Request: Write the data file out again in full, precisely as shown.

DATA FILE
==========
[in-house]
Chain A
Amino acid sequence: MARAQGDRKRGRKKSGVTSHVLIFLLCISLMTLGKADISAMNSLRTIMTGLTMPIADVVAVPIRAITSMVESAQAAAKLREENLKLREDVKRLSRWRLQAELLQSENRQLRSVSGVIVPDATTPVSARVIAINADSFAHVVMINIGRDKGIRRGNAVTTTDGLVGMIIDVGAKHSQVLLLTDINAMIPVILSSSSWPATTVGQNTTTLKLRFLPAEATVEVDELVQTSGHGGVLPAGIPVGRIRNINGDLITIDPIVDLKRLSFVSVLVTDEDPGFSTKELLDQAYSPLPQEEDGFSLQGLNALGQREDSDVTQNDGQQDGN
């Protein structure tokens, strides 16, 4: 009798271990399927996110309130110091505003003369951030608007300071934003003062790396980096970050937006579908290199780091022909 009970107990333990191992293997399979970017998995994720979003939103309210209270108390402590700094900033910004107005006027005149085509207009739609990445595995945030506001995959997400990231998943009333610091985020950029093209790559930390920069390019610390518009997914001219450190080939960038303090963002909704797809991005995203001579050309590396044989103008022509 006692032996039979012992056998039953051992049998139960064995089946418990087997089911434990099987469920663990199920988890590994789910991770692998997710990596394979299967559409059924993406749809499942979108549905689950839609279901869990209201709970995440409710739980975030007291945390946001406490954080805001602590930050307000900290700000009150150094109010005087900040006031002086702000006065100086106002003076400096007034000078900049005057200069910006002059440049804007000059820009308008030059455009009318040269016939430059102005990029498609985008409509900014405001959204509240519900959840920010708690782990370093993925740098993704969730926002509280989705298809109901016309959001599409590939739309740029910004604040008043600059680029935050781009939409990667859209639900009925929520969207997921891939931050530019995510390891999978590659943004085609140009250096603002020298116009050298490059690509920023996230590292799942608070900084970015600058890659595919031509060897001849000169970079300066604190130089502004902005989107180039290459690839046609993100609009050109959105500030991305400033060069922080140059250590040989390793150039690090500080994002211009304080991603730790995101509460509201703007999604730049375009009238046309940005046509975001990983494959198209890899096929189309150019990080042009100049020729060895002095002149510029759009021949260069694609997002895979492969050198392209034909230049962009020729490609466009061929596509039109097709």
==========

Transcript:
[in-house]
Chain A
Amino acid sequence: MARAQGDRKRGRKKSGVTSHVLIFLLCISLMTLGKADISAMNSLRTIMTGLTMPIADVVAVPIRAITSMVESAQAAAKLREENLKLREDVKRLSRWRLQAELLQSENRQLRSVSGVIVPDATTPVSARVIAINADSFAHVVMINIGRDKGIRRGNAVTTTDGLVGMIIDVGAKHSQVLLLTDINAMIPVILSSSSWPATTVGQNTTTLKLRFLPAEATVEVDELVQTSGHGGVLPAGIPVGRIRNINGDLITIDPIVDLKRLSFVSVLVTDEDPGFSTKELLDQAYSPLPQEEDGFSLQGLNALGQREDSDVTQNDGQQDGN
């Protein structure tokens, strides 16, 4: 009798271990399927996110309130110091505003003369951030608007300071934003003062790396980096970050937006579908290199780091022909 009970107990333990191992293997399979970017998995994720979003939103309210209270108390402590700094900033910004107005006027005149085509207009739609990445595995945030506001995959997400990231998943009333610091985020950029093209790559930390920069390019610390518009997914001219450190080939960038303090963002909704797809991005995203001579050309590396044989103008022509 006692032996039979012992056998039953051992049998139960064995089946418990087997089911434990099987469920663990199920988890590994789910991770692998997710990596394979299967559409059924993406749809499942979108549905689950839609279901869990209201709970995440409710739980975030007291945390946001406490954080805001602590930050307000900290700000009150150094109010005087900040006031002086702000006065100086106002003076400096007034000078900049005057200069910006002059440049804007000059820009308008030059455009009318040269016939430059102005990029498609985008409509900014405001959204509240519900959840920010708690782990370093993925740098993704969730926002509280989705298809109901016309959001599409590939739309740029910004604040008043600059680029935050781009939409990667859209639900009925929520969207997921891939931050530019995510390891999978590659943004085609140009250096603002020298116009050298490059690509920023996230590292799942608070900084970015600058890659595919031509060897001849000169970079300066604190130089502004902005989107180039290459690839046609993100609009050109959105500030991305400033060069922080140059250590040989390793150039690090500080994002211009304080991603730790995101509460509201703007999604730049375009009238046309940005046509975001990983494959198209890899096929189309150019990080042009100049020729060895002095002149510029759009021949260069694609997002895979492969050198392209034909230049962009020729490609466009061929596509039109097709």